The Christian faith is one that focuses on words. We focus on a precision with our words. One of the early church disputes was over one letter in a word – a letter that suggested Jesus’ essence was similar to that of the Father or without the letter, a declaration that Jesus was of the same substance as the Father.
Another church dispute was over one Latin word. The Eastern Church affirmed that the Holy Spirit proceeds from the Father. The Western Church said the Holy Spirit proceeds from the Father and the Son (a single Latin Word).
My point? Christians try to be careful with their words.
But the Christian faith is more than words. The words that we affirm, the statements that we believe must impact the life that we live. Bruce Waltke has written, “Jew were marked out by three practices: circumcision, Sabbath, and kosher-laws, not by their confessions. Christians are to be marked out, says Jesus, by the way in which they love each other, not only by their confession that ‘Jesus is Lord.’"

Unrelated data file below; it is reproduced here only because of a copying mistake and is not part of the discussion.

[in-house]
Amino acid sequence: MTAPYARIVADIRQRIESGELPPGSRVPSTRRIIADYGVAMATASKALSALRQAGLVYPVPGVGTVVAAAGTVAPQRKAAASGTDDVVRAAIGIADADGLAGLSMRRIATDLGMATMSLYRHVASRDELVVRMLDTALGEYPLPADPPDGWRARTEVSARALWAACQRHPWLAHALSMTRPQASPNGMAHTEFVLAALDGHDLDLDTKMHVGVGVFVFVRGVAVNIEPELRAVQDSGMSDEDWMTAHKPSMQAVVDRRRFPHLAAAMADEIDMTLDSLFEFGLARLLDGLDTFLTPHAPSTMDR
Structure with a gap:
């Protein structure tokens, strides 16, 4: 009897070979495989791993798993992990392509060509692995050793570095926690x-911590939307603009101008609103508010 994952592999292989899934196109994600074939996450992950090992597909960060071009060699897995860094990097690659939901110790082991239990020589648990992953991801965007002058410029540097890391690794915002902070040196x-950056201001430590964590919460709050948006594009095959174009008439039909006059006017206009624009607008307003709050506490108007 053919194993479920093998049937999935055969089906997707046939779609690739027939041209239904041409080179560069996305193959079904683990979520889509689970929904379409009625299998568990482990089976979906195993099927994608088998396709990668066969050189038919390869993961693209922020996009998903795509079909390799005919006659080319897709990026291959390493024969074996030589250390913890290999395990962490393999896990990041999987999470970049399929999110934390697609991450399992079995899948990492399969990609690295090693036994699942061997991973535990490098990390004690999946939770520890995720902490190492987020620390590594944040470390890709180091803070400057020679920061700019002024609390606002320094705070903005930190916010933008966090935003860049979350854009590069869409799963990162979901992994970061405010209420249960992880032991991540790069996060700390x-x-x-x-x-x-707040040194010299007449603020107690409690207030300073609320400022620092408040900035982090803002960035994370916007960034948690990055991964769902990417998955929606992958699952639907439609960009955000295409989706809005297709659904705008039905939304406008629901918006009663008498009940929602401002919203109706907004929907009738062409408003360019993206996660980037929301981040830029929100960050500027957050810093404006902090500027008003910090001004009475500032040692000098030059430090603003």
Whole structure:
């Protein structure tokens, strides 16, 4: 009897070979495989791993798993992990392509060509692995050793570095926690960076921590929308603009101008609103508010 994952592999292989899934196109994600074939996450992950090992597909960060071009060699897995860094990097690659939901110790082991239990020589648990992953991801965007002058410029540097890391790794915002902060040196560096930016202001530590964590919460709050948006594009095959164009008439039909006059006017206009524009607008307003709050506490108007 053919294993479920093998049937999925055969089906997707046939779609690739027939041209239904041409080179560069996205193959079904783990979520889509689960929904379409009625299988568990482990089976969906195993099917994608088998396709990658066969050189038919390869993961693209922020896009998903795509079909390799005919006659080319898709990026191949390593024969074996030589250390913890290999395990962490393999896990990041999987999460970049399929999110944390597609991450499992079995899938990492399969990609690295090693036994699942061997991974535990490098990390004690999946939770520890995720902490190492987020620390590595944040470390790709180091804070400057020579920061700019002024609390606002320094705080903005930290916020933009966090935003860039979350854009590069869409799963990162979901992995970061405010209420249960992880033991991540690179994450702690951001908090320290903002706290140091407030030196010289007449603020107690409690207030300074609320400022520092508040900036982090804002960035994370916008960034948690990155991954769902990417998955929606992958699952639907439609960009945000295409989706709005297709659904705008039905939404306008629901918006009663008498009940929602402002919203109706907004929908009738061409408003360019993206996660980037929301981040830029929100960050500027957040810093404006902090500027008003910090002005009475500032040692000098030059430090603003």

Our confession is important. But a right confession that is not followed up with a right (God-honoring) practice, is certainly suspect. The prophet Isaiah denounced the people of his day for honoring God with their lips but not with their hearts (Isaiah 29:13).
Jonah was a prophet who got tripped up in this right confession, but wrong action. Jonah was commanded by the LORD to go to Nineveh. Instead, Jonah fled to Tarshish.
When confronted by the sailors, in the midst of the storm, Jonah said, “I am a Hebrew, and I fear the LORD God of heaven who made the sea and the dry land” (Jonah 1:9). His confession was right. The LORD did make the sea and the dry land. Later, Jonah will add that the LORD is “a gracious and compassionate God, slow to anger and abundant in lovingkindness” (Jonah 4:2).
But the knowledge of who God is and what His character is like, did not impact Jonah’s actions. God is looking for His servants to serve Him with more than words.